The Mayor of London, Sadiq Khan, has written to Defra to ask the Government for greater powers to tackle construction pollution, as industry experts call for urgent action to improve the state of sustainability in the UK built environment. With half of the capital’s air pollution caused by non-transport sources, Mr Khan has requested new powers to implement a hard-hitting plan of action that combats emissions produced from machinery and the domestic burning of solid fuels. With more than 400 schools located in areas exceeding legal pollution levels, and such significant health impacts on our most vulnerable communities, the Mayor has insisted that we cannot wait any longer for the Government to provide the capital with the necessary powers to effectively tackle harmful emissions from a variety of sources.

A particular area of focus that Mr Khan wants greater powers to impose minimum emissions standards is machinery used on construction sites, which constitute the second largest source of ultra-fine particulate matter in London. Sadiq expressed concern that current standards for non-road mobile machinery such as diggers and bulldozers are not being satisfactorily applied by London boroughs. He called for the creation of a DVLA-style national database for these vehicles to facilitate the enforcement of the proposed powers.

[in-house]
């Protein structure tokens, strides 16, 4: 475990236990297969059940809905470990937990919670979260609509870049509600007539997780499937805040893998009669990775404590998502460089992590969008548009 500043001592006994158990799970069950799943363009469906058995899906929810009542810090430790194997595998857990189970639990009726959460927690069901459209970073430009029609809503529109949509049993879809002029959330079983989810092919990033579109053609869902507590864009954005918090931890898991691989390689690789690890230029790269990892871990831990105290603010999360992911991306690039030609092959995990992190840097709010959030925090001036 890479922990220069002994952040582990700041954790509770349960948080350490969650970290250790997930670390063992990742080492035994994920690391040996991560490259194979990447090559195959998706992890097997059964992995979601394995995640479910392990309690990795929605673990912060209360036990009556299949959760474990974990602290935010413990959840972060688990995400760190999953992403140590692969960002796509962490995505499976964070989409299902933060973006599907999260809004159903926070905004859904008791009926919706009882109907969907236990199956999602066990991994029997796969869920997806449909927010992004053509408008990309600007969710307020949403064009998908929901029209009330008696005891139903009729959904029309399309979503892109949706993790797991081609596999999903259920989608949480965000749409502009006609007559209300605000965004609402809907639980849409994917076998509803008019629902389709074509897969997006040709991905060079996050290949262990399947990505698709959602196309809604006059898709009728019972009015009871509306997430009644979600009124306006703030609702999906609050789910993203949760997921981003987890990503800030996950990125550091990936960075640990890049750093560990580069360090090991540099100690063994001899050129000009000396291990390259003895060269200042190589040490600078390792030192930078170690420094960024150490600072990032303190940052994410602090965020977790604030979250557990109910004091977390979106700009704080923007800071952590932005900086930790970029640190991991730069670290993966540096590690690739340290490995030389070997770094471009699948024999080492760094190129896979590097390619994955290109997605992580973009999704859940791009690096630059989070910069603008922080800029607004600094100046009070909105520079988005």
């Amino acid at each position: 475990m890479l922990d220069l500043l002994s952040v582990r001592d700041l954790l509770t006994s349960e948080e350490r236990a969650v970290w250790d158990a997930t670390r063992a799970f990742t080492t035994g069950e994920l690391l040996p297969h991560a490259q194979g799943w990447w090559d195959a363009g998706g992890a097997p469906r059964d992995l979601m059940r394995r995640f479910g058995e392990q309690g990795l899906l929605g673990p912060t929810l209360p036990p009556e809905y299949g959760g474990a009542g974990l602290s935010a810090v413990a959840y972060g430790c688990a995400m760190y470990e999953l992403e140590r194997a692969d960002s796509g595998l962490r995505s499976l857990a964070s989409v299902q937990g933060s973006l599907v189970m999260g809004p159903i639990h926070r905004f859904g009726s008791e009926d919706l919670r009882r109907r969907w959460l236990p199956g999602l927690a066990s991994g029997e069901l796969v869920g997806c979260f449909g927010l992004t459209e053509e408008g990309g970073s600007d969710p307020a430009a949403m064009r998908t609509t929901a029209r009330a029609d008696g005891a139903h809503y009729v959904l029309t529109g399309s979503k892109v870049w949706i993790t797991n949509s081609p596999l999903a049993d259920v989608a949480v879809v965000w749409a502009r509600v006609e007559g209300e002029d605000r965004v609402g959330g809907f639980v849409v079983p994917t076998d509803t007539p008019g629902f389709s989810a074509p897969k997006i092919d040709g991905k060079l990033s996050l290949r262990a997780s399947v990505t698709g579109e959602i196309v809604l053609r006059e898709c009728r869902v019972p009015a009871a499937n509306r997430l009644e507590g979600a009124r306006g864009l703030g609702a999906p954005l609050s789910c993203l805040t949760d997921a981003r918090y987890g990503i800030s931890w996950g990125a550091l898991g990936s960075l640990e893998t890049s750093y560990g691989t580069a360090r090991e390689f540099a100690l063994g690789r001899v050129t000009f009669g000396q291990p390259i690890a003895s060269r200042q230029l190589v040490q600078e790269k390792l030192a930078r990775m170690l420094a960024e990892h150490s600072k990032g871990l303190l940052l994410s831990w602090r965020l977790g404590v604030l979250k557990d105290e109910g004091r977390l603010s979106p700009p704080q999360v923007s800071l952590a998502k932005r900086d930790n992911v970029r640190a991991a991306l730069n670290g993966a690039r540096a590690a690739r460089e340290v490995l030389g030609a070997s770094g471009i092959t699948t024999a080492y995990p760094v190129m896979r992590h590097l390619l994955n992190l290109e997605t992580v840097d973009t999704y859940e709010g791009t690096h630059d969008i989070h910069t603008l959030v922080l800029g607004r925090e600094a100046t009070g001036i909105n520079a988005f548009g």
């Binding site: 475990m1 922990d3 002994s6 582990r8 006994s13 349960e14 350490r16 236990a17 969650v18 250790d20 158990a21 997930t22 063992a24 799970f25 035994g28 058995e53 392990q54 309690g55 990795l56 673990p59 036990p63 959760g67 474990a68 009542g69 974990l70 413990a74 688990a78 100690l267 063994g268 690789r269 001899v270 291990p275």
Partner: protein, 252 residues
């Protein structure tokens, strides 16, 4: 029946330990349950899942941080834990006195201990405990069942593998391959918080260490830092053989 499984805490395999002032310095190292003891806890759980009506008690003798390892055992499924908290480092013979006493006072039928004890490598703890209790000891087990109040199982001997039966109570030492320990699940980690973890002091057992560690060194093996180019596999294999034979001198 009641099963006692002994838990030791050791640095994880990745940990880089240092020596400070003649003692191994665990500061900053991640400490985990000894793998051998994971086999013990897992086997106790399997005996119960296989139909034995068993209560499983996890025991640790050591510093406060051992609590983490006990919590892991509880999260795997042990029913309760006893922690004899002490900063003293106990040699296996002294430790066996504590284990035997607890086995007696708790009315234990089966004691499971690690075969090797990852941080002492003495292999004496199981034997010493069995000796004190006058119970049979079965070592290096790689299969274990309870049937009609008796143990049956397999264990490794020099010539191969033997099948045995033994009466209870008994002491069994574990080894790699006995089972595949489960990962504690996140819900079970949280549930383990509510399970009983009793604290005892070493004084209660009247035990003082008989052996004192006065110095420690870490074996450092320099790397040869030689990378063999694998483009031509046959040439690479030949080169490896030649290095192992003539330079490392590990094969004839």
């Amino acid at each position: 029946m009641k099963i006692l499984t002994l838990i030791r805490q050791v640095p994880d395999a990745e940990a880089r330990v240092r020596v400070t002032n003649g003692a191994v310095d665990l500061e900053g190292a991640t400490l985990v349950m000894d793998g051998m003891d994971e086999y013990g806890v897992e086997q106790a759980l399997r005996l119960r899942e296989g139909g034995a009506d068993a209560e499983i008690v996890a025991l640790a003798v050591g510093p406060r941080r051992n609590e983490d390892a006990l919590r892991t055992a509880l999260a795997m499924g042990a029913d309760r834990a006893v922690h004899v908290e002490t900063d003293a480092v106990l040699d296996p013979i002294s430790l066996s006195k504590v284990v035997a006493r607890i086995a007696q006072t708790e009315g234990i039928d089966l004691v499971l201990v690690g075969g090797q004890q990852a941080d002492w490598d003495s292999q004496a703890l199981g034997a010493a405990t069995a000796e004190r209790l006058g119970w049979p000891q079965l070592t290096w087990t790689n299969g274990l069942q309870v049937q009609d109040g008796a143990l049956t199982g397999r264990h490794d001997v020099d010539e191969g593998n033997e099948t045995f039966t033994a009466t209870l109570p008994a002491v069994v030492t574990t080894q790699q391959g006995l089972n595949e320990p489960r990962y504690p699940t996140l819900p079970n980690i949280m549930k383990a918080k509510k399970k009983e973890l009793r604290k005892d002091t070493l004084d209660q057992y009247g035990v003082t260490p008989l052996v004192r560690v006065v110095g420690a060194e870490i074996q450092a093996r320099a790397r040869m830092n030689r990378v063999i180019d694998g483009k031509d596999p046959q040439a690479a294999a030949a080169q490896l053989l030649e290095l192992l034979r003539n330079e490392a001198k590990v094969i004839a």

The Mayor also wants the Clean Air Act amended to create zero-emission zones for the burning of solid fuels like wood and coal. Reform of the Clean Air Act would help the Mayor to set tighter emission limits for new domestic heating appliances like wood burning stoves, which release pollutants known to have a detrimental effect on health.

There are numerous statistics that support Mr Khan’s call to action. Around 22% of UK carbon emissions come from the operational and embodied carbon of the built environment. Other notable statistics highlight that waste from construction, demolition and excavation represents 59% of the total UK waste, while 10% of UK carbon emissions come from heating buildings alone. By bringing the data that is available into focus, it gives credibility to a variety of climate change concerns.

To drive change, this must be utilised to shape proposals for the action that is urgently needed to address the challenges the UK, and in particular London, faces in tackling air pollution. It is vital that, now more than ever, those empowered to act show leadership and drive change. There needs to be some bold and decisive action to make sustainable development truly second nature in the built environment.


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